Back in the classroom the following day, I listened as John Ultmann, MD, gave an introductory lecture to hematology that was worthy of a TED talk. I found his sweeping overview of the field – from sickle cell disease to leukemia, drawing on anthropology and genetics, and invoking ghosts from Virchow to Von Willebrand – absolutely inspiring. That day, I finally knew what I wanted to do with my life. My career decision – instant, never once regretted, inflamed by an eosinophil – was to become a hematologist.

John died in October 2000 – ironically, of complications of one of the diseases he studied, lymphoma. He was a strange, curious person, yet so charismatic, full of interesting stories and passion for his life's work. Over the years, I've met several others whom John "converted" to hematology and have wondered how many of us have made career choices based as much on the passion of a gifted teacher or role model as interest in the discipline itself.

I hadn't always known I wanted to go to medical school, let alone what field to specialize in. I studied physics and astronomy as an undergraduate, which was fascinating and mind-expanding, but not very lively. When I was 19 years old, I had the best job I've ever had (and probably ever will have): running the astronomic observatory at Calvin College in Michigan. My role, similar to the teachers in histology class, was to help students in introductory courses use the observatory's telescopes to find an assigned list of astronomical objects: a planet, a nebula, a galaxy, and so on. After the observatory closed at night, I could do my own research in spectroscopy, and I often got so involved in what I was measuring that I lost track of time and was surprised to see a pre-dawn glow in the East.

Since this was Western Michigan, lake-effect clouds and poor visibility meant that most winter nights the observatory closed up, and I learned that an empty observatory is also a great place to study or, alternatively, to hang out with girls and conduct other types of research.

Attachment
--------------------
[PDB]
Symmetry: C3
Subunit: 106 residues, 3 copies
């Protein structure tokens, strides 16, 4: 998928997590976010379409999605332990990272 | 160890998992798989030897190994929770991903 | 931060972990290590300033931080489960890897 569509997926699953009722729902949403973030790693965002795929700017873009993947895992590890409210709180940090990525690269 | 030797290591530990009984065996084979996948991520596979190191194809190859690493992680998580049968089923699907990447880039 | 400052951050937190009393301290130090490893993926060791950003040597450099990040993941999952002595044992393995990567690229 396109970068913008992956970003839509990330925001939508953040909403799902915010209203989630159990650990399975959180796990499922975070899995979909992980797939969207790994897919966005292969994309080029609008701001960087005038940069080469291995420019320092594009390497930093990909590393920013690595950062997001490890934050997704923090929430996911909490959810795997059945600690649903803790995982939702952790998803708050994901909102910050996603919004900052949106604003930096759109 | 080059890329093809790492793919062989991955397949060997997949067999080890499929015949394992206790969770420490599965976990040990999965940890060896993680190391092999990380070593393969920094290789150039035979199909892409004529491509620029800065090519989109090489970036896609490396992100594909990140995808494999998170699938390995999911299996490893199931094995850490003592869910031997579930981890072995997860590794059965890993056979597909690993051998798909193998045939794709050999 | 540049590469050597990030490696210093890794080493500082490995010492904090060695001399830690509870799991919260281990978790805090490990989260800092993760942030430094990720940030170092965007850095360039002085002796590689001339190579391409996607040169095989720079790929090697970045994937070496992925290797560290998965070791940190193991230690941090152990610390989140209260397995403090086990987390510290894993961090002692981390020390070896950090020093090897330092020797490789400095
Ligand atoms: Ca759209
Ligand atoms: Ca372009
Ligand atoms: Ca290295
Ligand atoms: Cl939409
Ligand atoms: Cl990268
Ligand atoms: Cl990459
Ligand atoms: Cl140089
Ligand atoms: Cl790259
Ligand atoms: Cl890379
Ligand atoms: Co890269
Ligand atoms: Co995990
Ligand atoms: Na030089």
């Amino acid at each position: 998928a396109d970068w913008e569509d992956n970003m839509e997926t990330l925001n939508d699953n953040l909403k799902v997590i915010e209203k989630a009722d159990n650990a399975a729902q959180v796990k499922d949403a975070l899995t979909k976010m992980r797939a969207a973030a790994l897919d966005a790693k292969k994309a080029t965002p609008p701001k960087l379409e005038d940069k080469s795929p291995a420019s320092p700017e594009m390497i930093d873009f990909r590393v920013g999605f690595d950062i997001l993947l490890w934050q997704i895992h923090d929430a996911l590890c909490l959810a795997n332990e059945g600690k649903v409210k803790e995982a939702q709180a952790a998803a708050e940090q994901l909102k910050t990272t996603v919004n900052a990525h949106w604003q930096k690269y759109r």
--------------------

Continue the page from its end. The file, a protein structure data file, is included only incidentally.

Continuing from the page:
The sense of wonder that I saw in most of the students who came to the observatory was the same jaw-dropping awe that I felt when I first saw that amazing eosinophil. Not a night went by without at least one, "Wow!" or "Holy cow!" or "Awesome!" from a person looking into an eyepiece. (And sometimes a "Dude, that is totally radical!" – it was the 1980s after all). One student memorably burst into tears the first time she saw the spectacular M57 Ring Nebula in the constellation Lyra. "I've had such a bad day, but now, looking at that, it all seems like nothing," she said, echoing sentiments Tennyson described in his poem "Vastness" a century earlier: What is it all but a trouble of ants in the gleam of a million million of suns?

Morphology is still central to hematology, but it is losing primacy. In this age of flow cytometry and molecular genetics, we've come to distrust the meaning of cells that we see with eyes aided only by a lens. It is still important to look for eosinophils, but when the blood teems with too many of them, it is equally critical to know whether their presence is accompanied by an imatinib-sensitive rearrangement of the platelet-derived growth factor receptor.

I still enjoy sitting at the multi-headed microscope and bringing students to come look at slides. Last month, when I was attending on a hospital service, the residents, students, and I broke away from rounds for a field trip to the special hematology lab to look at various leukemia and myelodysplasia cases. Among other highlights, we saw a macrophage with 12 developing erythroid cells encircling it: It looked like a sow giving milk to a dozen piglets.

One of the most promising students exclaimed, "Whoa, that is the coolest thing I've ever seen on a slide!" I knew exactly how she felt.

May your day include a sense of wonder.

The content of the Editor's Corner is the opinion of the author and does not represent the official position of the American Society of Hematology unless so stated.

Have a comment about this editorial? Let us know what you think; we welcome your feedback. Email the editor at